US scientists have said that a diet which emphasises the consumption of vegetables, fruit and whole grains may lead to a reduced risk of depression.
Researchers from Rush University Medical Centre in Chicago found that those who followed the so-called Dietary Approaches to Stop Hypertension (DASH) diet were less likely to develop depression than people who did not. The study evaluated a total of 964 participants with an average age of 81 annually for approximately six-and-a-half years.
Each participant was monitored for symptoms of depression and filled out questionnaires about how often they ate various foods. The researchers examined how closely the participants’ reported diets adhered to different diets such as the DASH diet, a Mediterranean diet and the traditional Western diet, which is high in saturated fats and red meats and low in fruits and vegetables.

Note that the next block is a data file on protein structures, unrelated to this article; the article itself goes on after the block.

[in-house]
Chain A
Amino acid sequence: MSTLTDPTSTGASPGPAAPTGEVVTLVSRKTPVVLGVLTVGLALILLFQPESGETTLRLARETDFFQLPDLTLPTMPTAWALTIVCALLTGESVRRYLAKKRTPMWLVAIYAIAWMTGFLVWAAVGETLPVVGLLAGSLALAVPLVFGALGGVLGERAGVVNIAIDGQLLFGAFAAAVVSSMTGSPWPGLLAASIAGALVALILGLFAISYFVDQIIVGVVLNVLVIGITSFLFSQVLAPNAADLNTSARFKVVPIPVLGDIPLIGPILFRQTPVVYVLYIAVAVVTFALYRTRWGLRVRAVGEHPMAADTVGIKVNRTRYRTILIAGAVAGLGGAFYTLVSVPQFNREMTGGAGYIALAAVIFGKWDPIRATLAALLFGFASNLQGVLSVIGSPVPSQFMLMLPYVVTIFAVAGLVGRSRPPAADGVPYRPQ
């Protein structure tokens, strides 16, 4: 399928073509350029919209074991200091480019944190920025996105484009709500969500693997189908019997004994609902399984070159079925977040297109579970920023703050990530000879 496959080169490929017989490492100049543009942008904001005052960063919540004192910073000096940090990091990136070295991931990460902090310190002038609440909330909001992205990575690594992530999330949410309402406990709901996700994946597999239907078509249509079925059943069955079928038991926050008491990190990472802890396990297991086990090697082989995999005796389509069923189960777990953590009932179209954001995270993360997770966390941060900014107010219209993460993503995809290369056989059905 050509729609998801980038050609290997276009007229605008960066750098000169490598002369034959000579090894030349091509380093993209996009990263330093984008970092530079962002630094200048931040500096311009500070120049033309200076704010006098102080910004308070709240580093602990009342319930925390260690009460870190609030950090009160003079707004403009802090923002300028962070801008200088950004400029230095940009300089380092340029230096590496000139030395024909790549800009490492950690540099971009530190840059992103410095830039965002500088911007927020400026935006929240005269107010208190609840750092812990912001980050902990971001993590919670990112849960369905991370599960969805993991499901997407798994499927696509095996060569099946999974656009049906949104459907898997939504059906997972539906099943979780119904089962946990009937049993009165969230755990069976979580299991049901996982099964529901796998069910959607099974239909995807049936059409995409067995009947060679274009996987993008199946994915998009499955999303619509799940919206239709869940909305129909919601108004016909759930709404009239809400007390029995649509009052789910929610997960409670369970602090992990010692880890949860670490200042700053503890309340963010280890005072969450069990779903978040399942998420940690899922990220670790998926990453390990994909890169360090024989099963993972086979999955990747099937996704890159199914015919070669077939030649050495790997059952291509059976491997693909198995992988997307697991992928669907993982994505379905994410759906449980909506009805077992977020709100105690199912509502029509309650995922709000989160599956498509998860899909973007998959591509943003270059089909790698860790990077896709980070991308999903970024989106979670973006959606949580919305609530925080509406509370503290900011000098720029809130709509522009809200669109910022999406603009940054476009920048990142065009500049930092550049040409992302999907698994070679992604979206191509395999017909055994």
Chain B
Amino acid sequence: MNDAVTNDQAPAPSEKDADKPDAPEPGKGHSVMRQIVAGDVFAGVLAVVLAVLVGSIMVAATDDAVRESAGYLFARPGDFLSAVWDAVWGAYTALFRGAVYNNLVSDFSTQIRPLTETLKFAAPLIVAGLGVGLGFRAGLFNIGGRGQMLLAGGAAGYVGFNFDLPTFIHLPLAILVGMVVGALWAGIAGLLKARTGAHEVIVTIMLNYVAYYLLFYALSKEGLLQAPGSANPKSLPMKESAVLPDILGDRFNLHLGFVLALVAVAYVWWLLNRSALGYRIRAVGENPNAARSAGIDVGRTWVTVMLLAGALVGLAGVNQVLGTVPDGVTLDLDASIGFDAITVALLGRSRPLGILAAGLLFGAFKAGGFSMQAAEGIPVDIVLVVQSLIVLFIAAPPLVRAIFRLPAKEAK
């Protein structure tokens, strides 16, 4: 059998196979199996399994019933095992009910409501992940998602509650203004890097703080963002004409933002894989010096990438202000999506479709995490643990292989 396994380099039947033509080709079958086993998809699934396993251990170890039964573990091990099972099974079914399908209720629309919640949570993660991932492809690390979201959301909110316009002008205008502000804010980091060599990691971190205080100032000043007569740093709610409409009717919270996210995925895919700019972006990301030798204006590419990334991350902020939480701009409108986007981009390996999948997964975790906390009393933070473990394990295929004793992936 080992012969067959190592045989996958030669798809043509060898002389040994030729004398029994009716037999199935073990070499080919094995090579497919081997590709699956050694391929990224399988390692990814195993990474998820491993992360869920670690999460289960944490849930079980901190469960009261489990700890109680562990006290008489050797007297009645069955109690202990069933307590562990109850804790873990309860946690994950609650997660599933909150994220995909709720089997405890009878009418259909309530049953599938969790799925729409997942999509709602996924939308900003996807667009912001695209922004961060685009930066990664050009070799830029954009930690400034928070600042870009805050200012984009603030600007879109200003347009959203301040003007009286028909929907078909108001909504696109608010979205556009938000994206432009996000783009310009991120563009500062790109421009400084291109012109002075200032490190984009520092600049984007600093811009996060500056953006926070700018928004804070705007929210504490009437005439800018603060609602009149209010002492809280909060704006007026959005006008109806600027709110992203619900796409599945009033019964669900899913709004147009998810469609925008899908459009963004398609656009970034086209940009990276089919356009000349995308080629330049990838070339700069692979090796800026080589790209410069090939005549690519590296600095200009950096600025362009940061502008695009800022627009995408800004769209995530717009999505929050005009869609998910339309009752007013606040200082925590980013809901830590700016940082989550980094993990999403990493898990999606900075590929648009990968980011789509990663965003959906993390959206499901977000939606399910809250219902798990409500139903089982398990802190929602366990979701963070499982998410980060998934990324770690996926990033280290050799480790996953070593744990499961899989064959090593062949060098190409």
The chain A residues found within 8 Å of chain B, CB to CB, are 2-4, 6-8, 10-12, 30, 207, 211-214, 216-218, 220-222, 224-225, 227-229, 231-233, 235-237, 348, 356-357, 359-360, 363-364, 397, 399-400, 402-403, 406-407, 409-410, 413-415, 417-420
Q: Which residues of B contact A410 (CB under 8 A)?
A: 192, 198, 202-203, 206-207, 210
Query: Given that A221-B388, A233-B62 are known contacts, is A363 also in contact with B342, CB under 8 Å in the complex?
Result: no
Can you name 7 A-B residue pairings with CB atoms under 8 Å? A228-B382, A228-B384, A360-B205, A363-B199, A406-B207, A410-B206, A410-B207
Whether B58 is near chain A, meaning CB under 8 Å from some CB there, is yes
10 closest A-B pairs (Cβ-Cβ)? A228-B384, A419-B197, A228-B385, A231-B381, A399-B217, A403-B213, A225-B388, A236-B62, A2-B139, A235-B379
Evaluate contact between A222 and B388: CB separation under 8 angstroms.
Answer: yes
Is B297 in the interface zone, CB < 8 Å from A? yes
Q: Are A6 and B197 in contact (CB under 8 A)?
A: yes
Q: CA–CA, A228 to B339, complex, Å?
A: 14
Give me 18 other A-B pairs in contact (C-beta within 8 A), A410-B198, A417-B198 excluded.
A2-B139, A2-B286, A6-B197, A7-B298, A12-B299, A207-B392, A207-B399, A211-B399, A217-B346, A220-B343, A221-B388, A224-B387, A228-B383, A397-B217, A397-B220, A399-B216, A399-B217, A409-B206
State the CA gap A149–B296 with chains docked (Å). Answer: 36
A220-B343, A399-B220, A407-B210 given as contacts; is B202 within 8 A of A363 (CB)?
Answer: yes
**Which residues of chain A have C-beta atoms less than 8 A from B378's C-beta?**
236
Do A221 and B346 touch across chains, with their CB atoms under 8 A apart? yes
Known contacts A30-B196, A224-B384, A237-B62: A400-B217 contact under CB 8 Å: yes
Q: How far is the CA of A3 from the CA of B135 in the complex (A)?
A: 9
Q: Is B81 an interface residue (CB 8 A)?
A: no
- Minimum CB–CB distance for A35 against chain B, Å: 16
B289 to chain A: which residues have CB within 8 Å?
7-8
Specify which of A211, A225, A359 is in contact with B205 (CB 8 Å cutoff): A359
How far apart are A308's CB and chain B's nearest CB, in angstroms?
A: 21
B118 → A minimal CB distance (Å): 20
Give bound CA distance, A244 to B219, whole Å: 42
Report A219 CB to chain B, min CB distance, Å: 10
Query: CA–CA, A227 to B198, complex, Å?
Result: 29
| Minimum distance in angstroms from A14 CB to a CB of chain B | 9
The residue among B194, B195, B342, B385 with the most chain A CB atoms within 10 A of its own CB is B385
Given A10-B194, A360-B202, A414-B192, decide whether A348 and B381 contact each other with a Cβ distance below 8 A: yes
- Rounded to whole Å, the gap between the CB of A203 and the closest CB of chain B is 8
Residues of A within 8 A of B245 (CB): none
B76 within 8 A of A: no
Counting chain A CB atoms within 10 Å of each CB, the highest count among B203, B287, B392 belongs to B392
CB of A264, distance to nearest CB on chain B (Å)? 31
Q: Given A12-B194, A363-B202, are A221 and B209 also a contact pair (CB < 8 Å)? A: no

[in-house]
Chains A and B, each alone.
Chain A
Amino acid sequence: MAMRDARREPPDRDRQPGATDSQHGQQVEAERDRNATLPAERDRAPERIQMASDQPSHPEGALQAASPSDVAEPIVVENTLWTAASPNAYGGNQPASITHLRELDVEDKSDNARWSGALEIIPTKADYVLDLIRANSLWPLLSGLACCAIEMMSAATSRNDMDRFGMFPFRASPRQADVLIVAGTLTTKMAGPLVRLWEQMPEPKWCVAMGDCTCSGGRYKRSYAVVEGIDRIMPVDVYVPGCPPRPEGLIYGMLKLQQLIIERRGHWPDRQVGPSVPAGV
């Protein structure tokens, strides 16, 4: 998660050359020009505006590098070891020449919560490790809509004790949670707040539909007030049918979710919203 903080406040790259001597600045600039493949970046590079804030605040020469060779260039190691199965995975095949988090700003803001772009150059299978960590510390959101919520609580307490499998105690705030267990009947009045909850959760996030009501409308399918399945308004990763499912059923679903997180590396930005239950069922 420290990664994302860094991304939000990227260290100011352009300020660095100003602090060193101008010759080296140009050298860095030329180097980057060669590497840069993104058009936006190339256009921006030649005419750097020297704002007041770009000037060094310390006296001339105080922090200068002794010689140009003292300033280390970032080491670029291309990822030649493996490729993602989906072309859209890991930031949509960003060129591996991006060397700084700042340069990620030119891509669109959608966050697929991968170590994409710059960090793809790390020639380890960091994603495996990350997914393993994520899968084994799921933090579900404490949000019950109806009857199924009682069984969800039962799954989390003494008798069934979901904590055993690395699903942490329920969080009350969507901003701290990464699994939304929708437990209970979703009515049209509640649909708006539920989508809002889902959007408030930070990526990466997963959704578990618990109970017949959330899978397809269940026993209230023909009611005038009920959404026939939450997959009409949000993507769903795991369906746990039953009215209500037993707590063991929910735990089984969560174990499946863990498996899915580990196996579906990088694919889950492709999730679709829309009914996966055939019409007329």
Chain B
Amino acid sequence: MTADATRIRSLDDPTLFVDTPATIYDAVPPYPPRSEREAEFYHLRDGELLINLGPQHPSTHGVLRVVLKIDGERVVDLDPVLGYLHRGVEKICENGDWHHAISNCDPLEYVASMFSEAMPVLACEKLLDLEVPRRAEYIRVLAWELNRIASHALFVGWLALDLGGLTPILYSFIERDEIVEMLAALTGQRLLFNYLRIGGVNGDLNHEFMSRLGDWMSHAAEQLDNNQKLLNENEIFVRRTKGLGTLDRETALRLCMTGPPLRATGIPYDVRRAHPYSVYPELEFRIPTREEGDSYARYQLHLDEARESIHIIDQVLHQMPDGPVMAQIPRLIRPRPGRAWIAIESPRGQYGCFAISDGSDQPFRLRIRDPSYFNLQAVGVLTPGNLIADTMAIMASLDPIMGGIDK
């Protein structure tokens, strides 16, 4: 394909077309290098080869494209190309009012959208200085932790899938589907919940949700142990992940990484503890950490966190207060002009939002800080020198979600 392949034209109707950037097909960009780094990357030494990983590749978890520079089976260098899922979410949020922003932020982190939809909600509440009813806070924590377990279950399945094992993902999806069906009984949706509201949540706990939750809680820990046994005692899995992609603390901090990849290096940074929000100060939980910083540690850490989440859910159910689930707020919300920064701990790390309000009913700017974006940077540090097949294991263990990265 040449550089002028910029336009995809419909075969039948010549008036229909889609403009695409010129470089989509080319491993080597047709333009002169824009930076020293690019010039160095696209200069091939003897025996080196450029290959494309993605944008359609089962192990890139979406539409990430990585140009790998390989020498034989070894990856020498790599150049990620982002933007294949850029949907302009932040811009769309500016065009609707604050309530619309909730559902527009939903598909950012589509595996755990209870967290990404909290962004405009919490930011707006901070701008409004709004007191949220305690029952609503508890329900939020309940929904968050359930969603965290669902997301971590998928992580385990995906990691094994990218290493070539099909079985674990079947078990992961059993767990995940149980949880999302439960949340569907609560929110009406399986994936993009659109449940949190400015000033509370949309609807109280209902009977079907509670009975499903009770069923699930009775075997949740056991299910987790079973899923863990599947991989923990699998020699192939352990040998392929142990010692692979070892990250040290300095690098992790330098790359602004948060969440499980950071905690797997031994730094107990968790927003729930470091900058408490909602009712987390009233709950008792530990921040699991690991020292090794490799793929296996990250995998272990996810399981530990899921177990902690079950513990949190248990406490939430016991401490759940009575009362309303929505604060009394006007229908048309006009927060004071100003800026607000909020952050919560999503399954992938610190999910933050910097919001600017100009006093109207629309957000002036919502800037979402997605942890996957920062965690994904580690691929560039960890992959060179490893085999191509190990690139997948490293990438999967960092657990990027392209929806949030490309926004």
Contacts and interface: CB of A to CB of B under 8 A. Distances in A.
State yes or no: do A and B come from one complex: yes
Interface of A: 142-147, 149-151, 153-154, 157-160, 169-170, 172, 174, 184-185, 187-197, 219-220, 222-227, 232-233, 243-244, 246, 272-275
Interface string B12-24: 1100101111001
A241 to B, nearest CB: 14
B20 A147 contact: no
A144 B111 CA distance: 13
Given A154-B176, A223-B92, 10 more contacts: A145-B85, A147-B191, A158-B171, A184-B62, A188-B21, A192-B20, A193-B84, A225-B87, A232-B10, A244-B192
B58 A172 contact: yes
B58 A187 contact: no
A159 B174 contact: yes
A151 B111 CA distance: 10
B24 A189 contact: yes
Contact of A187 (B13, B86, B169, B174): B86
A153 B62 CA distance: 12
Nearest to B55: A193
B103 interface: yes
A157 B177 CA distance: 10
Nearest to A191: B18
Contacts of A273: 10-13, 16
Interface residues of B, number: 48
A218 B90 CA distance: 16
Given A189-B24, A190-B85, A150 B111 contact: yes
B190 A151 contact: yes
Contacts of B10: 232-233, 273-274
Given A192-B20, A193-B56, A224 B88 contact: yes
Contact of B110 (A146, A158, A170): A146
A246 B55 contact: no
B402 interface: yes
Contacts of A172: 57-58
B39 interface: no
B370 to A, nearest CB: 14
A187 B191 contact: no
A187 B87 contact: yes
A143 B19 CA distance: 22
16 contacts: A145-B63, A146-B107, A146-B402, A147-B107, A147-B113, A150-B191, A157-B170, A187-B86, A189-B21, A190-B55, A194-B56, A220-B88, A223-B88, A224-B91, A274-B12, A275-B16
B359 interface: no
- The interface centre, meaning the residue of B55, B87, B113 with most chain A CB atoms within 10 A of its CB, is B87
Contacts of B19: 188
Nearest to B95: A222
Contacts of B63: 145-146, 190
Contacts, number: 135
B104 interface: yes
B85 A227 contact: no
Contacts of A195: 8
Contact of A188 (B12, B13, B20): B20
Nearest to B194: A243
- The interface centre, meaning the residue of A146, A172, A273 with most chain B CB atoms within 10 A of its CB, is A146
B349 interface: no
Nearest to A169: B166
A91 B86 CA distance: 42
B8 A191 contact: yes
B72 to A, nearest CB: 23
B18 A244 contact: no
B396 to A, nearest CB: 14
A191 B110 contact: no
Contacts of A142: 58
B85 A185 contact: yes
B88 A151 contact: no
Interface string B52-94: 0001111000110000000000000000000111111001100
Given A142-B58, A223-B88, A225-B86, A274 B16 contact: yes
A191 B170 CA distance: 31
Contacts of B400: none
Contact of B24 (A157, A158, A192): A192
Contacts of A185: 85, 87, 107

“There is evidence linking healthy lifestyle changes to lower rates of depression and this study sought to examine the role that diet plays in preventing depression,” explained study author Dr Laurel Cherian of Rush University Medical Centre. “Future studies are now needed to confirm these results and to determine the best nutritional components of the DASH diet to prevent depression later in life and to best help people keep their brains healthy.”
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